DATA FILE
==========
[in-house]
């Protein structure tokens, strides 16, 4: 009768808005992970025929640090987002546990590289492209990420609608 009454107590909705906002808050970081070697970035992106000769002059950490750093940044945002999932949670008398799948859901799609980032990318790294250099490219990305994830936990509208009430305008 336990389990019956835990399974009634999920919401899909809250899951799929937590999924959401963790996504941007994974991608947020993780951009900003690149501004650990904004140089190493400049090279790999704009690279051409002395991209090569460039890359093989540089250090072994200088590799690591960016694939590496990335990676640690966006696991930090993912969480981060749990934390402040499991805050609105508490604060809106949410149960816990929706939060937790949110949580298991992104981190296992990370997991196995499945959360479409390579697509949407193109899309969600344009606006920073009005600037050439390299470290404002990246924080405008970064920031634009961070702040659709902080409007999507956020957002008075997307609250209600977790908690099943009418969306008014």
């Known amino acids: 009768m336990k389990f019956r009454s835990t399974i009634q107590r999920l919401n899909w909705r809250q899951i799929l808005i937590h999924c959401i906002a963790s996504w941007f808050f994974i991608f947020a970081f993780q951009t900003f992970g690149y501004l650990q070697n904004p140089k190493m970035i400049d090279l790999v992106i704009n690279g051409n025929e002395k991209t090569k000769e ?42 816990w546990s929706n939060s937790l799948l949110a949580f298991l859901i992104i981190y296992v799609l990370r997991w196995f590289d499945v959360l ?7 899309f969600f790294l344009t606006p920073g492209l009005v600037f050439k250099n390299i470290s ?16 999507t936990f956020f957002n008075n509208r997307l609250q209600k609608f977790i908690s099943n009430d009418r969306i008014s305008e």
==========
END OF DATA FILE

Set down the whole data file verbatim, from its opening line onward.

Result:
[in-house]
């Protein structure tokens, strides 16, 4: 009768808005992970025929640090987002546990590289492209990420609608 009454107590909705906002808050970081070697970035992106000769002059950490750093940044945002999932949670008398799948859901799609980032990318790294250099490219990305994830936990509208009430305008 336990389990019956835990399974009634999920919401899909809250899951799929937590999924959401963790996504941007994974991608947020993780951009900003690149501004650990904004140089190493400049090279790999704009690279051409002395991209090569460039890359093989540089250090072994200088590799690591960016694939590496990335990676640690966006696991930090993912969480981060749990934390402040499991805050609105508490604060809106949410149960816990929706939060937790949110949580298991992104981190296992990370997991196995499945959360479409390579697509949407193109899309969600344009606006920073009005600037050439390299470290404002990246924080405008970064920031634009961070702040659709902080409007999507956020957002008075997307609250209600977790908690099943009418969306008014």
């Known amino acids: 009768m336990k389990f019956r009454s835990t399974i009634q107590r999920l919401n899909w909705r809250q899951i799929l808005i937590h999924c959401i906002a963790s996504w941007f808050f994974i991608f947020a970081f993780q951009t900003f992970g690149y501004l650990q070697n904004p140089k190493m970035i400049d090279l790999v992106i704009n690279g051409n025929e002395k991209t090569k000769e ?42 816990w546990s929706n939060s937790l799948l949110a949580f298991l859901i992104i981190y296992v799609l990370r997991w196995f590289d499945v959360l ?7 899309f969600f790294l344009t606006p920073g492209l009005v600037f050439k250099n390299i470290s ?16 999507t936990f956020f957002n008075n509208r997307l609250q209600k609608f977790i908690s099943n009430d009418r969306i008014s305008e």